Hello and welcome to Reigate College’s Business Department.
My name is Nicola Thompson and I’m Head of BTEC Business. I’m really pleased you’ve chosen to study Business at Reigate College and my colleagues and I are looking forward to meeting you when you join our thriving department at the beginning of the academic year.
To prepare you for the course, we’d like you to complete a series of tasks and activities over the coming months. They should all be completed independently from home and then we’ll share together what you’ve learnt when you start the course in September. It would also be really helpful if you could keep a close eye on the news – particularly stories relating to the world of business.
The tasks will be released here, in three phases (see table below) and should be completed by Choices Day on 1 September 2021. Please throw yourself into them and above all enjoy them!
Please note, some Course Leaders (for example for Music) may release their tasks earlier, as they may form part of the College’s audition process. If this applies to you, you’ll be notified separately.
New Starters Course Tasks and Activities
To be completed by
Explore your Subject
Explore your Subject
Business is all around us and covers a wide variety of topics.
1. Keep up-to-date with current issues affecting Businesses.
Read the Business sections of one of the respected broadsheets. For example:
For example, you could read “Business Adventures” by John Brooks
9. Watch Business-related films:
For example, The Big Short – Examines the 2008 Credit Crunch and explains why it happened and whether the banks have learnt any lessons.
Business Research Skills
Exploring a range of sources and selecting information that is
both valid and reliable to support your argument is a key skill, needed in
Business. For both the A Level and BTEC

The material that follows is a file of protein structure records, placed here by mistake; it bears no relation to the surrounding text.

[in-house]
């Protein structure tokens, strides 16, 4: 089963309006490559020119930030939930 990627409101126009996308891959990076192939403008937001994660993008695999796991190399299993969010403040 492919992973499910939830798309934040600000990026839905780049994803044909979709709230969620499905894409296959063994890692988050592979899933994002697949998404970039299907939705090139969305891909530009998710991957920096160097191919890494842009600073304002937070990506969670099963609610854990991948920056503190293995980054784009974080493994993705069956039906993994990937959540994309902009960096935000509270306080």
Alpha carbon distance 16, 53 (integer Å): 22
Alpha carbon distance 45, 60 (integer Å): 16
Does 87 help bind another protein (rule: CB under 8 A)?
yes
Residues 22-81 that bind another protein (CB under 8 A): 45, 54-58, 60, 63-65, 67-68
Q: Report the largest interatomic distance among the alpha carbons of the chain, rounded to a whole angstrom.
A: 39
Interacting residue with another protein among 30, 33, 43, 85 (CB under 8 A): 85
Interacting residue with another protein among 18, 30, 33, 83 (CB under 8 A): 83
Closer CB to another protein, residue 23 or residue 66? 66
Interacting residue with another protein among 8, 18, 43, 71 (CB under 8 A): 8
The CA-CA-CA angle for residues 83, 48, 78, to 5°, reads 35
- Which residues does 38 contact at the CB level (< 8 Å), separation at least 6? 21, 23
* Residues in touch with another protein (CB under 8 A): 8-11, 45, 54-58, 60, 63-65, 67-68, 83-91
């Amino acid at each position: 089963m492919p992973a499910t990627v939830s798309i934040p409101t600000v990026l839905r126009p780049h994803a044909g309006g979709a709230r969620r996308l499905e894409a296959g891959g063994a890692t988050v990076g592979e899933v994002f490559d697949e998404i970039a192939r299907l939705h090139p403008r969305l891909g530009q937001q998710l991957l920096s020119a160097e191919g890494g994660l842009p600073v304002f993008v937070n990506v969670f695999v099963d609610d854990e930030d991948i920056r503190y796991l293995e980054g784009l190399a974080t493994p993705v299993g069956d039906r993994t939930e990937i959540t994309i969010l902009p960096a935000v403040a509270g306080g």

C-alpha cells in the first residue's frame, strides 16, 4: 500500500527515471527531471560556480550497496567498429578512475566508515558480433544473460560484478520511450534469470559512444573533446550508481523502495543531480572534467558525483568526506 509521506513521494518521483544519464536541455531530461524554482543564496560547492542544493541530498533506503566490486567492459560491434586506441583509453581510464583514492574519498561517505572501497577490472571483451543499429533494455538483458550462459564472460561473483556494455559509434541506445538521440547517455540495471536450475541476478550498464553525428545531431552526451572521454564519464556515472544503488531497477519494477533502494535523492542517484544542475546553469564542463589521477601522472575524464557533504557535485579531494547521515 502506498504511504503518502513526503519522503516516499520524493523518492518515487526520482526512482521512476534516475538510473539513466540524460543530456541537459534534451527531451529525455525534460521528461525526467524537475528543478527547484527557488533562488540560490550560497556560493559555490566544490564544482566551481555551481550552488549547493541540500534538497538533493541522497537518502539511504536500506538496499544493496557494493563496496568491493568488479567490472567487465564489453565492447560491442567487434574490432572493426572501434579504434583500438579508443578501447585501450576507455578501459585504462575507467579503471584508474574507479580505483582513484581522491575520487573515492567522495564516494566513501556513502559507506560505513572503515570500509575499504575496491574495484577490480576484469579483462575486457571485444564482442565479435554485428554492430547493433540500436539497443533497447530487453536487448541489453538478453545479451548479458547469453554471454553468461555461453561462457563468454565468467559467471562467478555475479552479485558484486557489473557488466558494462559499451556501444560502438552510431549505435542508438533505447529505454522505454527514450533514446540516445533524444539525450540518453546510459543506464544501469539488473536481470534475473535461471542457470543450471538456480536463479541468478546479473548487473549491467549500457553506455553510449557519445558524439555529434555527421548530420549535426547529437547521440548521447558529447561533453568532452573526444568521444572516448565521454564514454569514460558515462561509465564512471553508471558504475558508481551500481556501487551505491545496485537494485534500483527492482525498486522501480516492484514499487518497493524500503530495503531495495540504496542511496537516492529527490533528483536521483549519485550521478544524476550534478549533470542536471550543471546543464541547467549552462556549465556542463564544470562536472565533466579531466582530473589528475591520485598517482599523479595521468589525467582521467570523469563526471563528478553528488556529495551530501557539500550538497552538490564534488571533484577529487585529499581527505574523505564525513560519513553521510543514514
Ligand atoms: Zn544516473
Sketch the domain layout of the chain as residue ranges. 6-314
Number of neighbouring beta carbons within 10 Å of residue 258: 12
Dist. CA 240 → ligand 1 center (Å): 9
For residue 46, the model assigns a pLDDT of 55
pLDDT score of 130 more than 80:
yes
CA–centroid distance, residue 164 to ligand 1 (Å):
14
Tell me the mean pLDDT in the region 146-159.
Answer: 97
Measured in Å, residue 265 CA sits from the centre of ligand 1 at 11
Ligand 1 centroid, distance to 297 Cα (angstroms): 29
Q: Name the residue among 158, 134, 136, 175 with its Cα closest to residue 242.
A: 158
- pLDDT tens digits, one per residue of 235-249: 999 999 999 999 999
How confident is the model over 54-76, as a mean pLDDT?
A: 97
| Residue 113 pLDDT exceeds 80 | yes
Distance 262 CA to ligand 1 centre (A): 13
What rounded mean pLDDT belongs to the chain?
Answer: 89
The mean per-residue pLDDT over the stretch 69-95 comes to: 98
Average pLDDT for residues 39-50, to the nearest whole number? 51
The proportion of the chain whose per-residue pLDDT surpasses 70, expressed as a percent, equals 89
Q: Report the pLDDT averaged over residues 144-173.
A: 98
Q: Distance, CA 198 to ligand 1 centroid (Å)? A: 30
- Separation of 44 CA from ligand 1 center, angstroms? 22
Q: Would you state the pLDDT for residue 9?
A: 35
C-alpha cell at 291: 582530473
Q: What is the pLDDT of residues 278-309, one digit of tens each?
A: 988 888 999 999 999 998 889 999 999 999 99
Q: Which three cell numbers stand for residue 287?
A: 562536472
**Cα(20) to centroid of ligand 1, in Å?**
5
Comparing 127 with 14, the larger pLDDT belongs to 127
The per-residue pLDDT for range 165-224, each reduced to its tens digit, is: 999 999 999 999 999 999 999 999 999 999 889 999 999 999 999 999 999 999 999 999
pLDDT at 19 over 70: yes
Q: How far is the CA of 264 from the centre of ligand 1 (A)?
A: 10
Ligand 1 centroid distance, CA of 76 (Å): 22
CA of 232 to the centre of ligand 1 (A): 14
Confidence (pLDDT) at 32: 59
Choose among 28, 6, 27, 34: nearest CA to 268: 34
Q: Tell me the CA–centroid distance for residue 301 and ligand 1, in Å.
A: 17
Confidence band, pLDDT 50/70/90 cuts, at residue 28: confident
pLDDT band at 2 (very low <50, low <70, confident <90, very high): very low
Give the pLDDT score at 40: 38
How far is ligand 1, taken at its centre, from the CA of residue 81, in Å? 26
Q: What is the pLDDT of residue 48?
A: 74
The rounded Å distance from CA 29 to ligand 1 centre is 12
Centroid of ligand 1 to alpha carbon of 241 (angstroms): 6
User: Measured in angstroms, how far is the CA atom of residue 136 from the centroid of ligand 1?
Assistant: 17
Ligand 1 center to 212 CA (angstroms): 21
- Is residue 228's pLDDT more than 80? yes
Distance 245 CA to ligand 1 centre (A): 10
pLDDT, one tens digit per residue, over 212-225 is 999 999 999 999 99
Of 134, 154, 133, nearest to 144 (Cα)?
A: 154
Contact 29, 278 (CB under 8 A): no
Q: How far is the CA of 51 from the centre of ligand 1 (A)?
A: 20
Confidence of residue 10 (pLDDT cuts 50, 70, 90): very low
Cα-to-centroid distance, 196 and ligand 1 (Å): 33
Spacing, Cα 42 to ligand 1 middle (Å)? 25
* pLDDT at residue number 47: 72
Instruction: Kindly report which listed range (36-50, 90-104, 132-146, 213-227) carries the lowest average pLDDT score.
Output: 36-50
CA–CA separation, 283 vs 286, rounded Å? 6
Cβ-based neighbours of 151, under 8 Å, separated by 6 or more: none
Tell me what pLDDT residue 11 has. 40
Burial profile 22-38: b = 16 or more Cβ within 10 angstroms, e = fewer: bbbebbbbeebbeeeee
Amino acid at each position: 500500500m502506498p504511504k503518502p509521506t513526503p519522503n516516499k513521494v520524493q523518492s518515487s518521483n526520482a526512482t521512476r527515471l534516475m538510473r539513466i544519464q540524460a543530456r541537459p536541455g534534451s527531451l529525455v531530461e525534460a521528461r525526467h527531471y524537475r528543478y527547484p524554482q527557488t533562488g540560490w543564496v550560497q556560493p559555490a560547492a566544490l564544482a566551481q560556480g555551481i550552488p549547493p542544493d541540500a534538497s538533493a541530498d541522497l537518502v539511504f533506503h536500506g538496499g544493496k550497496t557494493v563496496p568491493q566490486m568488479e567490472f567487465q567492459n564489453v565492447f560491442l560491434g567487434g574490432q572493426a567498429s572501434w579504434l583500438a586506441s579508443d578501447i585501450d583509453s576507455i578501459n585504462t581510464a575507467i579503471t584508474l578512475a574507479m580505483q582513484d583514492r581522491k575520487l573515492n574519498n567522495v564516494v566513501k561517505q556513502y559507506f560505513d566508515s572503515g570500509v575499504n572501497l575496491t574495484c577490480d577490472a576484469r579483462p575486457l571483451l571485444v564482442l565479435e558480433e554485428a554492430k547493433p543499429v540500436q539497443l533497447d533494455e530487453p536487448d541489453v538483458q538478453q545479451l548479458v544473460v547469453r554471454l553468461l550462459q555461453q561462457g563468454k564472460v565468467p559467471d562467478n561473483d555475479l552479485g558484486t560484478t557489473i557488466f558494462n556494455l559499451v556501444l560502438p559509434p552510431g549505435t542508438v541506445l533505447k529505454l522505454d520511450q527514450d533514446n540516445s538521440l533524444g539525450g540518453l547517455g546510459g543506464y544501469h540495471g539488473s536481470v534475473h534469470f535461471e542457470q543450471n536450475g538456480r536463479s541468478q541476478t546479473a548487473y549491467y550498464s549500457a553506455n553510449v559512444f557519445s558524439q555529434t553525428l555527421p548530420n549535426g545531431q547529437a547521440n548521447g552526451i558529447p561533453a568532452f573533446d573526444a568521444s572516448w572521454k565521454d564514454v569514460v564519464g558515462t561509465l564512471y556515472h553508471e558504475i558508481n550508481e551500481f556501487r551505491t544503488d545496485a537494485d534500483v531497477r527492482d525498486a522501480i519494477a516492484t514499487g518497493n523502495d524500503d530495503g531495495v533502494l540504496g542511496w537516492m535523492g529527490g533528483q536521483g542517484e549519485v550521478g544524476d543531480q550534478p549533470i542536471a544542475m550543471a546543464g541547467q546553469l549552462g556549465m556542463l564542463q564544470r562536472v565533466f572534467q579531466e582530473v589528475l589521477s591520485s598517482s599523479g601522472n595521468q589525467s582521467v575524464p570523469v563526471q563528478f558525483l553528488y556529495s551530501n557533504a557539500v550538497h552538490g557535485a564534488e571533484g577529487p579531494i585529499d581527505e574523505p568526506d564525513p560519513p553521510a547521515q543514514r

Business courses contextualisation is really important – in other words, you
need to be constantly on the look-out for real-life, practical examples, that
you could use as case studies or make reference to.
Reliable sources can be found across a variety of mediums.
You should record your
findings either via a Word or PowerPoint document. If you don’t have access to
a computer, then please just record them with a pen and paper.
Cadbury regularly produces promotional campaigns for different markets and different target customers. Cadbury’s marketing team is very good at ‘hiding’ messages within their adverts. For each of the four links below, please answer the following questions:
What do you think the main message is?
What do you think is good about the
What do you think could be done to improve it?
Dairy Milk – Aliens
Dairy Milk | Fence 30″
Cadbury – This doesn’t need to end
Cadbury Dairy Milk | ‘Donate your words’ | Manchester United
Using newspapers for research
Building on the research activities completed in the earlier tasks,
the next focus is to learn how to use newspaper articles as a research source. A
large number of stories are printed on a daily basis; some are new and some
focus on a recurring topic.
The purpose of research is to identify the key points in stories and
then begin to assess the impact they have on different individuals and
businesses. To be successful on the BTEC Level 3 Business course, you need to
be able to then take this information and analyse the response made by
businesses in different situations. Often there will be different approaches
made by businesses, with different levels of success.
TASK 1: Select one of the newspapers listed in the ‘Explore your Subject’ section, access their Business news each day for a week, and choose one of the articles.
Each day for
seven days, produce a journal recording the stories, listing:
title of the article
main issues highlighted in the article
positive and/or negative impact on businesses
details on the likely response
At the end of the
week, review the various issues and approaches made
by the businesses mentioned. What similarities can you identify?
TASK 2: You
should try to get into the habit of checking the Business sections of
newspapers on a regular basis. Please aim to do this at least once a week over
the summer. Try reading the same story on different newspapers websites and
identify any differences in how it’s reported.